Wednesday, April 09, 2008

Jeremiah Wright was once a Muslim

Very interesting revelation about Barack Obama's prejudiced pastor: Infidels Are Cool has discovered that Jeremiah Wright was formerly a Muslim himself. From this old article by Ryan Lizza in The New Republic:
From Wright and others, Obama learned that part of his problem as an organizer was that he was trying to build a confederation of churches but wasn’t showing up in the pews on Sunday. When pastors asked him the inevitable questions about his own spiritual life, Obama would duck them uncomfortably. A Reverend Philips put the problem to him squarely when he learned that Obama didn’t attend services. “It might help your mission if you had a church home,” he told Obama. “It doesn’t matter where, really. What you’re asking from pastors requires us to set aside some of our more priestly concerns in favor of prophesy. That requires a good deal of faith on our part. It makes us want to know just where you’re getting yours from.”

After many lectures like this, Obama decided to take a second look at Wright’s church. Older pastors warned him that Trinity was for “Buppies”–black urban professionals–and didn’t have enough street cred. But Wright was a former Muslim and black nationalist who had studied at Howard and Chicago, and Trinity’s guiding principles–what the church calls the “Black Value System”–included a “Disavowal of the Pursuit of Middleclassness.’”

The crosscurrents appealed to Obama. He came to believe that the church could not only compensate for the limitations of Alinsky-style organizing but could help answer the nagging identity problem he had come to Chicago to solve. “It was a powerful program, this cultural community,” he wrote, “one more pliant than simple nationalism, more sustaining than my own brand of organizing.”

As a result, over the years, Wright became not only Obama’s pastor, but his mentor. The title of Obama’s recent book, The Audacity of Hope, is based on a sermon by Wright. (It’s worth noting, however, that, while Obama’s book is a coolheaded appeal for common ground in an age of political polarization, Wright’s sermon, “The Audacity to Hope,” is a fiery jeremiad about persevering in a world of nuclear arms and racial inequality.) Wright is one of the first people Obama thanked after his Senate victory in 2004, and he recently name-checked Wright in his speech to civil rights leaders in Selma, Alabama.
This raises a lot of interesting questions, such as - could it be that Wright is still more than attached to Islam despite his ostensibly converting? Good question.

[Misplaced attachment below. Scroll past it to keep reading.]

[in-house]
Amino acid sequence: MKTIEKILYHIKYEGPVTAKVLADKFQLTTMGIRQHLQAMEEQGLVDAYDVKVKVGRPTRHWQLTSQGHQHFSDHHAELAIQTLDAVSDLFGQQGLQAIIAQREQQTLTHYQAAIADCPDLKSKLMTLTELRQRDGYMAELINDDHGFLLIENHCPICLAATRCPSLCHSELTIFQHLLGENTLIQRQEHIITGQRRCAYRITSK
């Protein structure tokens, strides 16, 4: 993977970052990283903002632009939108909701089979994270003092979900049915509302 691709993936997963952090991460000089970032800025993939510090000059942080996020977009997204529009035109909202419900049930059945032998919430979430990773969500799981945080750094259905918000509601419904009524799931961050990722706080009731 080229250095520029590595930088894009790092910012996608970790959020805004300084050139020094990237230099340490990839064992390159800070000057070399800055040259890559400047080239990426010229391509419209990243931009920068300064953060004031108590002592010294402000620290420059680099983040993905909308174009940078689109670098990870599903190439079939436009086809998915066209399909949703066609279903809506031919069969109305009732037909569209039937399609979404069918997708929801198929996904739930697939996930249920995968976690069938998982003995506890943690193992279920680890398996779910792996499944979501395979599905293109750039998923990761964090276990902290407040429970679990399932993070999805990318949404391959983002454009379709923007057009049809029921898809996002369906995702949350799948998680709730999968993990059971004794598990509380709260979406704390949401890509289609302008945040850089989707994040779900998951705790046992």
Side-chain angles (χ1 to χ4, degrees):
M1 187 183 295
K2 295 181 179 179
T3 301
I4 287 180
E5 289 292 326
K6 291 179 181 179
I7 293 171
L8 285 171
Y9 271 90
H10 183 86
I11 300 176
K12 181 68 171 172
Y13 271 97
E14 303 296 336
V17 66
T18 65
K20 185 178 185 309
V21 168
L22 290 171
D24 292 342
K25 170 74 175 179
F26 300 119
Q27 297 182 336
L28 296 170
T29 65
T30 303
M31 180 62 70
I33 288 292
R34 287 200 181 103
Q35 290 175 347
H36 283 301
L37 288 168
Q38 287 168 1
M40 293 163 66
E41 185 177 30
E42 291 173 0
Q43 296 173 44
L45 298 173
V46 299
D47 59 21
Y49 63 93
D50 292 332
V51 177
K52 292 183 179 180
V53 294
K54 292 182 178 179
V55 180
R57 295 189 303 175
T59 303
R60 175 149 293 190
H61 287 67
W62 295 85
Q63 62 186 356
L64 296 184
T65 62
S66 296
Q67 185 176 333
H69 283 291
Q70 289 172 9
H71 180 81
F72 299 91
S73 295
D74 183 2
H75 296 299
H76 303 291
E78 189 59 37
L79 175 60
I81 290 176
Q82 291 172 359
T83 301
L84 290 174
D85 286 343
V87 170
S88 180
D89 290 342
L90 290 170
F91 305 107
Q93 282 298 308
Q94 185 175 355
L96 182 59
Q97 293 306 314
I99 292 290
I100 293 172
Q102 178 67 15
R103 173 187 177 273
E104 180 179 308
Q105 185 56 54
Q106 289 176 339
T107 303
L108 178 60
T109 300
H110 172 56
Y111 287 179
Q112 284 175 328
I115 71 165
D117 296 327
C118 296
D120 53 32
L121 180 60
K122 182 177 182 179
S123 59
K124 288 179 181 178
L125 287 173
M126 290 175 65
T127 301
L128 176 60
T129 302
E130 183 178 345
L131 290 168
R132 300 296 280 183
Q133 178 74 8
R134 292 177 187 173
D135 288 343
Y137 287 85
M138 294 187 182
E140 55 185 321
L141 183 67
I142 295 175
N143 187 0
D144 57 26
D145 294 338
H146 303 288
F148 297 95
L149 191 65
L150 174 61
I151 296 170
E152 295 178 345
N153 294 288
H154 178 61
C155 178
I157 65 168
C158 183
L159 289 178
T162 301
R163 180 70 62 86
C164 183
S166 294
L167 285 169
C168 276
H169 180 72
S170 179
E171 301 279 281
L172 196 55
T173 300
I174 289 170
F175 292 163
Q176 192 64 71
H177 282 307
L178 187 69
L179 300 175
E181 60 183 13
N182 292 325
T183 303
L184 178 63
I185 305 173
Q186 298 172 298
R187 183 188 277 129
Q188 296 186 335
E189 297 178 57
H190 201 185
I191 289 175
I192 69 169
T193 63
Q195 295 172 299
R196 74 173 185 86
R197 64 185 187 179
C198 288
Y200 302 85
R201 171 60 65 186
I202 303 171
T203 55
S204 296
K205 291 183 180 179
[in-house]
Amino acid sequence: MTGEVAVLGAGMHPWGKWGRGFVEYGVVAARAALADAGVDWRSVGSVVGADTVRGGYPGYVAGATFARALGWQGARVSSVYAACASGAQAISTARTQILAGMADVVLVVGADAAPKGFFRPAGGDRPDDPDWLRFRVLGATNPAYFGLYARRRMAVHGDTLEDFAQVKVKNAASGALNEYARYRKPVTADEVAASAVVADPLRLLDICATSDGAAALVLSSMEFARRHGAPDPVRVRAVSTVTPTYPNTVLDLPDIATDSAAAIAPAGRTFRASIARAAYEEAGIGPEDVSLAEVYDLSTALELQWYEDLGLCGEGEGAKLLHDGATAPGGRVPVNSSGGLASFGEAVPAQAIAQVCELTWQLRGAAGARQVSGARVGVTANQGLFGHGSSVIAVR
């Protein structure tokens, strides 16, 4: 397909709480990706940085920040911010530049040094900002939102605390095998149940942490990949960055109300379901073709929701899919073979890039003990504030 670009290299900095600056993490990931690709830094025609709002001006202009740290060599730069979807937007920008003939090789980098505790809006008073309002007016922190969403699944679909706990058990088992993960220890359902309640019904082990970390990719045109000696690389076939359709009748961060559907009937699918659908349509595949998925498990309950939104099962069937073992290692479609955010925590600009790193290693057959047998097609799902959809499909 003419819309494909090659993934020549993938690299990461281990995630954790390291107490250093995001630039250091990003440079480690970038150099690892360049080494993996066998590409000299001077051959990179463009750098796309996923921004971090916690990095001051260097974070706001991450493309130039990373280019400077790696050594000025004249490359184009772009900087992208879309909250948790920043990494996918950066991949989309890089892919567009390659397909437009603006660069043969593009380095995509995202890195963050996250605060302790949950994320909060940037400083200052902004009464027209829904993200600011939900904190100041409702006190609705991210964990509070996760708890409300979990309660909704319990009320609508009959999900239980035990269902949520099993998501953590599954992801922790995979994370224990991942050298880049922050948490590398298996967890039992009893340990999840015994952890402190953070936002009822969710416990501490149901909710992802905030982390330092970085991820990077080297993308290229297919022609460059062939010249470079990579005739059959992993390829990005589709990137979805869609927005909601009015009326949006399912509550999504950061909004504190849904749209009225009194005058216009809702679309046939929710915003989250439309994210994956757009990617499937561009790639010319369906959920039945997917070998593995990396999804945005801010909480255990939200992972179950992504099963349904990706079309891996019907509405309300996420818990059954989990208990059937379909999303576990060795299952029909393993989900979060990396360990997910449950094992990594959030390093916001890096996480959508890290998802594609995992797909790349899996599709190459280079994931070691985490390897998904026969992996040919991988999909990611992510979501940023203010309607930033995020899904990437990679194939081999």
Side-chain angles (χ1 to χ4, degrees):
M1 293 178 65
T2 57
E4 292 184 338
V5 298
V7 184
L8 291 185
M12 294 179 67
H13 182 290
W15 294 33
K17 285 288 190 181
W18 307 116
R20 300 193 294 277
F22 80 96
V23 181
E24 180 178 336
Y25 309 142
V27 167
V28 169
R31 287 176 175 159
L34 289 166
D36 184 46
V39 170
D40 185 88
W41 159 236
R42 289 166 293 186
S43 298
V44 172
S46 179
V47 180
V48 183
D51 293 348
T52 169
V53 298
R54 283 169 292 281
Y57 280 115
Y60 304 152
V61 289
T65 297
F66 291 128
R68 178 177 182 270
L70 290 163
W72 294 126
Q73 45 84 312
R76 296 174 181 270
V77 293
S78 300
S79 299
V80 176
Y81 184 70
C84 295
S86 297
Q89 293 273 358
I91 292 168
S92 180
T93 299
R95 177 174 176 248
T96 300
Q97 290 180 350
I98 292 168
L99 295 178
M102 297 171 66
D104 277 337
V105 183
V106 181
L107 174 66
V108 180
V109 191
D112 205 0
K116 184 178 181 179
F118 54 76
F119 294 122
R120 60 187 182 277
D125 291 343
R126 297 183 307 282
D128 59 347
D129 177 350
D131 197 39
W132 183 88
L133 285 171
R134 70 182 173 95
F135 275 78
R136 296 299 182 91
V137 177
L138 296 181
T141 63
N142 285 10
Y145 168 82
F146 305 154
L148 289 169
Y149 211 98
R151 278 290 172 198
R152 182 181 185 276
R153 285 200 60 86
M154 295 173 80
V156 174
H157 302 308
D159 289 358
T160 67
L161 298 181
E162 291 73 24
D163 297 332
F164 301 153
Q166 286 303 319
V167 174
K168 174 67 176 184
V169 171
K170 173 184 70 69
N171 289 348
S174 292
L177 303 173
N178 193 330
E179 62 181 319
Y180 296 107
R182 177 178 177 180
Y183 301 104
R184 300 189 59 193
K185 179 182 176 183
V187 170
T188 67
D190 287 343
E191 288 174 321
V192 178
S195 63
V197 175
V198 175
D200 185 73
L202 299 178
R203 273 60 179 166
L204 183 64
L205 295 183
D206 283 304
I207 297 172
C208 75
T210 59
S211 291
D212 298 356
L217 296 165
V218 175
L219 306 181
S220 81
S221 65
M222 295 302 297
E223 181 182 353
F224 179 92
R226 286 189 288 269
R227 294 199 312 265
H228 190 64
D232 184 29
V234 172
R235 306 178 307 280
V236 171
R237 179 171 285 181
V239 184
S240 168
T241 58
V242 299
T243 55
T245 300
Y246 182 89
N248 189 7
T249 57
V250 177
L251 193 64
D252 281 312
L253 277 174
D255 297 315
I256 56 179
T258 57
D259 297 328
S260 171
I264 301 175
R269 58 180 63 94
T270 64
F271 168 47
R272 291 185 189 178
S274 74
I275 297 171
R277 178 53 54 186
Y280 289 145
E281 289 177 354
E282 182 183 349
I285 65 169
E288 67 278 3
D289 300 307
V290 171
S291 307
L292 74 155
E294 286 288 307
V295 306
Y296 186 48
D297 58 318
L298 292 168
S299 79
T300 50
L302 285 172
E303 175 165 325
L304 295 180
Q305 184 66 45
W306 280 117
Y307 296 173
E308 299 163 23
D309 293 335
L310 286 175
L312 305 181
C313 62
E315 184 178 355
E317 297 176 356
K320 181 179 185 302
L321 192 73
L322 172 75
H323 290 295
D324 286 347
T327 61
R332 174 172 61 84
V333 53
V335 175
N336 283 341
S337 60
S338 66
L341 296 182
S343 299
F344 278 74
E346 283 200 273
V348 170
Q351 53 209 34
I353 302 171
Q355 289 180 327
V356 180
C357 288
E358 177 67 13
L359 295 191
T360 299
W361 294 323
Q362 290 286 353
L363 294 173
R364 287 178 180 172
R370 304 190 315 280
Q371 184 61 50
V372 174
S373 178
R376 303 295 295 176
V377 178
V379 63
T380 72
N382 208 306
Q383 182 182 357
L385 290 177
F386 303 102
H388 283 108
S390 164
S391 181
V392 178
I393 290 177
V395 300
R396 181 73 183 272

Hat tip: Little Green Footballs.


revereridesagain said...

Not that it matters much, but it would be interesting to know if Wright was a member of NOI.

At this point is there any reason to believe that Wright and Obama are "good Christians" concerned with the welfare of this country of any Americans who do not belong to their sanctified "tribes"? Obama may not be a ringer in the sense of being directly financed by Al Qaeda, Ahmadinejad, or the Saudis, but regardless of what he mouths in his prepared speeches, by now it is obvious that he is a radical socialist with a background of black nationalism that he refuses to disown, and a history in and positive outlook towards Islam thaqt will at the very least incline him to make dangerous concessions to our enemies.

And if both Obama and Wright turn out to be apostate Muslims, I want to know why, when that is a capital offense in countries with Islamist governments, he is the darling of the Muslim voter block in this country and not one of the vociferous mullahs throughout the world has called down a fatwa on either him or Wright.

What is it going to take to make people pay attention to this?

Mother Effingby said...

It is sort of like Tweedle Dee changing his name to Tweedle Dum.

Anonymous said...

According to your logic, if one were associated (past or present) with a radical organization (religious or otherwise), that automatically must mean any one person could be a radical by the mere association and by extension, a Muslim and a terrorist. Didn't we already have that back in the late 1970s with Jimmy Carter, the hostages, Iran, and that Muslims as a whole were viewed as terrorists by the actions of the few? Trying to insinuate and use the words 'Muslim' and 'Hussein' as pejoratives is really shameful and ignorant.

Pastorius said...

Name one sizable moderate Muslim political organization, academic institution or media outlet, anywhere in the world.

Historyscoper said...

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